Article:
Latin American startup investment shrank sharply in the second quarter

Last year, Latin America was the fastest growing region in the world for venture capital investment. This year may be on track to be the fastest shrinking yet.

Venture capital in Latin American startups totaled just $2.3 billion in the second quarter of 2022, according to data from Crunchbase. This represents a drop of more than two-thirds from the year-ago quarter and ranks as the lowest quarterly amount since 2020.

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Far fewer deals are also being made. Crunchbase counted 203 Round 1s open in the second quarter, down 38% from the first quarter and 39% from the year-ago quarter. For perspective, we list round counts and investment totals for the past 10 quarters below:

Looking at 10 quarters, rather than just a year-over-year comparison, recent results look slightly better. Total investment for the quarter just ended was high by historical standards. They are also higher than every quarter in 2020. So if we think of 2021 as a period of unusually easy money, then it is possible that the last few months reflect somewhat of a return to normalcy.

Below, we take a closer look at funding dynamics across the stages, focusing on areas of the most pronounced slowdown as well as areas of growth.

The late stage fell the farthest

Late-stage investment saw the steepest decline.

In the second quarter of this year, investors pumped roughly $1 billion into Latin American late-stage and tech growth investments, down 80% from the year-ago quarter. For context, we set out the total investments and number of deals for the last five quarters below:

Deals are made

Several major deals were struck. Among the recipients of the biggest deals was Bogota-based Habi, a platform for buying and selling real estate, which raised $200 million in Series C funding in May.

Other notable deals include $100 million Series C and D, respectively, for Sao Paulo-based Solfácil, a consumer solar energy investment platform, and unico, an identification technology provider.

However, new unicorns are no longer being cut at the same rate as a few quarters ago. Existing unicorns and hot early-stage startups, meanwhile, are in many cases shrinking amid a tighter funding environment.

In the crypto space, two unicorns operating cryptocurrency exchange platforms have reportedly laid off staff in recent months: Mexico City-based Bitso and Sao Paulo-based Mercado Bitcoin.

Meanwhile, Argentina-based early-stage crypto startup Buenbit has reportedly cut nearly half of its workforce.

The real estate space was also widely affected. Loft, the Brazilian proptech unicorn, also unveiled two rounds of layoffs this year, reportedly cutting more than 500 jobs. Brazilian home rental startup QuintoAndar, which has raised more than $700 million to date, has reportedly cut 8% of its staff.

The early stage is better maintained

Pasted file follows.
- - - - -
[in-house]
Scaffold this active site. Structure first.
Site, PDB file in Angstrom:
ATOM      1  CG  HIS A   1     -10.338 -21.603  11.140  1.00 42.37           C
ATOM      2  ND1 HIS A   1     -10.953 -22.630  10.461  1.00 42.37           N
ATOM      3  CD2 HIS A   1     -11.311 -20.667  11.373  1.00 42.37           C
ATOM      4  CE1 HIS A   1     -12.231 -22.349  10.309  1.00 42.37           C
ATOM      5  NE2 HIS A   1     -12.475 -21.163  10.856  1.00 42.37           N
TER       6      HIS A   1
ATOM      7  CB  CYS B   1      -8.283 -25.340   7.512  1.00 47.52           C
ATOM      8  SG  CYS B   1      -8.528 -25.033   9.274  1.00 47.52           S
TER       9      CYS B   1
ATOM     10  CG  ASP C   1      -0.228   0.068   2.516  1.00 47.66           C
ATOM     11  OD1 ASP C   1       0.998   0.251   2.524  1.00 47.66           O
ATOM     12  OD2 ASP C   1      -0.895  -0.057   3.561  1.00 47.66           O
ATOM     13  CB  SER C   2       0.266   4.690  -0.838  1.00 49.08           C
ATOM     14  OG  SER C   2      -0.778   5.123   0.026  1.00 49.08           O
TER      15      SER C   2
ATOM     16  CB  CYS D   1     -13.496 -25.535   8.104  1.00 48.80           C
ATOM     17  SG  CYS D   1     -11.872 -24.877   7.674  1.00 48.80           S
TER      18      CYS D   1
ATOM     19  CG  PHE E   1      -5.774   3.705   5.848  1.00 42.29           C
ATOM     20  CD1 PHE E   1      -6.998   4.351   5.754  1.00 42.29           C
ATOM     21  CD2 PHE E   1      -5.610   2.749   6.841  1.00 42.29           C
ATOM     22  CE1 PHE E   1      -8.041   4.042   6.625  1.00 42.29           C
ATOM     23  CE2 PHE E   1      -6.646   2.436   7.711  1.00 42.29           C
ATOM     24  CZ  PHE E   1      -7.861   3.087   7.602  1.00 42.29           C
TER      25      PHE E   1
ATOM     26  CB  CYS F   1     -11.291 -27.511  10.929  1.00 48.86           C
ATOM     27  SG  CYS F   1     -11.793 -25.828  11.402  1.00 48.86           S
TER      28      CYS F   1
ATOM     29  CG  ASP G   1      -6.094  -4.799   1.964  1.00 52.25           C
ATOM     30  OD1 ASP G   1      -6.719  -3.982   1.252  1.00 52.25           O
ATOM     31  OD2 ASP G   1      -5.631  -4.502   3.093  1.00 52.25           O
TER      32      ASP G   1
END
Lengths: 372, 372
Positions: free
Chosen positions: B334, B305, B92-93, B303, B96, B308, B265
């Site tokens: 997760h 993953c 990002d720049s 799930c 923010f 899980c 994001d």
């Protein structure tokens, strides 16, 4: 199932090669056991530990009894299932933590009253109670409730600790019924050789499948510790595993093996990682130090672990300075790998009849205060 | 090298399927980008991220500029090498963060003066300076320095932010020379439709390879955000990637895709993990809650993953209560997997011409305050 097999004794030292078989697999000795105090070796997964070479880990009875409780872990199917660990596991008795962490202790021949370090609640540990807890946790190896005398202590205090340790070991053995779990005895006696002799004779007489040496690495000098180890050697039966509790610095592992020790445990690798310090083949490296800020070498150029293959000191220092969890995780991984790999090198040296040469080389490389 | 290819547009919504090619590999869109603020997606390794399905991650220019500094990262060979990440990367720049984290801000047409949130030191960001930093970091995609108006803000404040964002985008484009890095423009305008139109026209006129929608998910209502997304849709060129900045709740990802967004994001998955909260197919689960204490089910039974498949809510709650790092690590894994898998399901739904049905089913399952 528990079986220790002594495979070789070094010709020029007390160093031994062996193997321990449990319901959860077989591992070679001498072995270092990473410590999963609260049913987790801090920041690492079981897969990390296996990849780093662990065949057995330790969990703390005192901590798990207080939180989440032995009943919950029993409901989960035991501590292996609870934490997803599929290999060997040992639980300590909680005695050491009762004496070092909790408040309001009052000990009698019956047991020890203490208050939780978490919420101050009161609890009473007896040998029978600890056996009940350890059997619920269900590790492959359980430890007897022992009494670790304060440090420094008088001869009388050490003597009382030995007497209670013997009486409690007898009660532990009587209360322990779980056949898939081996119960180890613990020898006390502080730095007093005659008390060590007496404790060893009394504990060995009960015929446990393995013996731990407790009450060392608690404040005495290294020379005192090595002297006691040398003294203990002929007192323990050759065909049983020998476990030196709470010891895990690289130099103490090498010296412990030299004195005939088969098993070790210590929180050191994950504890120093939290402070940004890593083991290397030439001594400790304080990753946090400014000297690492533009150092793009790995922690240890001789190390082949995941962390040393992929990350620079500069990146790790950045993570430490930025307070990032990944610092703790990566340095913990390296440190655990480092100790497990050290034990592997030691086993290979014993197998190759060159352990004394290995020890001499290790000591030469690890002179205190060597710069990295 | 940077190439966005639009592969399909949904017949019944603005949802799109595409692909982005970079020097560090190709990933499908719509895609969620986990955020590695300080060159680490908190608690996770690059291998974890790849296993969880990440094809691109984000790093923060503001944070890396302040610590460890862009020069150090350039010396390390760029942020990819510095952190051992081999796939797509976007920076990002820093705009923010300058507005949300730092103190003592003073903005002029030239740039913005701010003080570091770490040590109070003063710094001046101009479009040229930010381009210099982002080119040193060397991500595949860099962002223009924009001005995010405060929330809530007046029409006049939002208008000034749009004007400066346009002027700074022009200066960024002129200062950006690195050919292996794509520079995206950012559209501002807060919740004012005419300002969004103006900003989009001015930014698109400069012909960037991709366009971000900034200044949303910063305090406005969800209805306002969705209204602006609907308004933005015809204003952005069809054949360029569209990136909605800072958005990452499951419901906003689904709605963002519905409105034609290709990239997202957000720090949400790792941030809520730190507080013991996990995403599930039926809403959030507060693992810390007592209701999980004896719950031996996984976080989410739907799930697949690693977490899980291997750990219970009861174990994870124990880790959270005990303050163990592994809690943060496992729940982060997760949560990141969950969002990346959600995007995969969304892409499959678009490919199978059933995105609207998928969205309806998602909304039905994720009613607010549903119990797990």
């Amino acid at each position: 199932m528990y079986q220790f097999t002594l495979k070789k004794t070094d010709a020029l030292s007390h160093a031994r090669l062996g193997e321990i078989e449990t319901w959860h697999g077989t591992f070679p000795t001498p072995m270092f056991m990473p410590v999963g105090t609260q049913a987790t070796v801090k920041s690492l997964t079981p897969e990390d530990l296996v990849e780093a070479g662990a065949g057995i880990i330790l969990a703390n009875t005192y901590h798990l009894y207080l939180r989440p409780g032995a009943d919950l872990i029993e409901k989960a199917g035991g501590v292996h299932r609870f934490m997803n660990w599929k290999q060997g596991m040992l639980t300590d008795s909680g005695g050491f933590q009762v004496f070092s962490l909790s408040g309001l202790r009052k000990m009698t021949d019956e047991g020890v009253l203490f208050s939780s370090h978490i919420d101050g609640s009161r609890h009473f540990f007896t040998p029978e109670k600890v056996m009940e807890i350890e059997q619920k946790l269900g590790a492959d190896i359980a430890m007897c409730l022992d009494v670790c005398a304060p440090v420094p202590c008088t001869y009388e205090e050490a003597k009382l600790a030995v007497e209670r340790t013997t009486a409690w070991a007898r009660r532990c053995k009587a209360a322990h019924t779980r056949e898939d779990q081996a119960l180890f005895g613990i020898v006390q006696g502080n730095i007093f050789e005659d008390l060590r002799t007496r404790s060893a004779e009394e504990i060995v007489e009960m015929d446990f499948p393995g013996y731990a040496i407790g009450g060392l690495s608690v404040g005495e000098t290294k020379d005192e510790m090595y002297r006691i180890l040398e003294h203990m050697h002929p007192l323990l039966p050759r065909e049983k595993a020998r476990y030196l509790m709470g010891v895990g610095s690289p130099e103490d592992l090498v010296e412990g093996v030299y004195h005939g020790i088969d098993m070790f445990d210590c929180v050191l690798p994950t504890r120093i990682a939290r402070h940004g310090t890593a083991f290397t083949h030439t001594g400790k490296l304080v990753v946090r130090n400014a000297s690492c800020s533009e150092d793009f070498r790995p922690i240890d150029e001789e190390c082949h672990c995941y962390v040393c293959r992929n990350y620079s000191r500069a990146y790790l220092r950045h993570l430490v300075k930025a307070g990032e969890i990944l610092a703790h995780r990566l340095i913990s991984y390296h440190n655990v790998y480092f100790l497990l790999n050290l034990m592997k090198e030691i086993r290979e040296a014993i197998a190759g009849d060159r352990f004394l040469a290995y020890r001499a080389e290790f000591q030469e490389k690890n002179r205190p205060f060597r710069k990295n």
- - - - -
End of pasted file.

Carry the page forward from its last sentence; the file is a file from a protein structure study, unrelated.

Investments in early-stage Latin American startups are also down from last year’s highs, but far less than of late.

In the second quarter, investors pumped $1.1 billion into early-stage (Series A and B) deals. That’s down about 15% from Q1 and 35% from the previous quarter. For context, below are the total number of investments and transactions for the last five quarters:

Funding numbers in Latin America illustrate the same trends we’ve seen in our global reports. Falling public valuations of technology and a mostly closed IPO market seem to be having a bigger impact on late-stage investments. At an early stage, where an exit is likely years away, backers have less reason to worry about immediate market conditions.

Several of the rounds in the early stage were on the big side. Chile-based Xepelin, a financial services provider for small and medium-sized businesses, made a big deal, securing $111 million in Series B funding in May. And Kushki, a Quito, Ecuador-based payments platform, raised $100 million in Series B in June.

Active investors

The list of the most active startup investors in Latin America for this year contains many familiar names.

The most active lead investor by number of deals was Platanus Ventures, followed by Kaszek, DOMO Invest, Tiger Global Management and Y Combinator.

Meanwhile, the most active lead investors by total deal size were SoftBank Latin America Ventures, followed by Propel Venture Partners, Cargill, Kaszek and Advent International.

In general, we do not see established active investors leaving the region. While they may be doing less large late-stage rounds, they still seem to be engaged in the Latin American startup ecosystem.

The big picture

So what to make of the numbers for the last quarter and half year? Well, simply put, we fell. Happens. After many quarters of up, up, up, it’s not exactly shocking.

For now, the relative strength of early-stage vs. late-stage dealmaking offers some upside. It appears that while investors are not thrilled with the valuations and public market valuations of the current market, the long-term outlook still leaves plenty of room for optimism.

Illustration: Dom Guzman

Keep up with the latest funding rounds, acquisitions and more with Crunchbase Daily.

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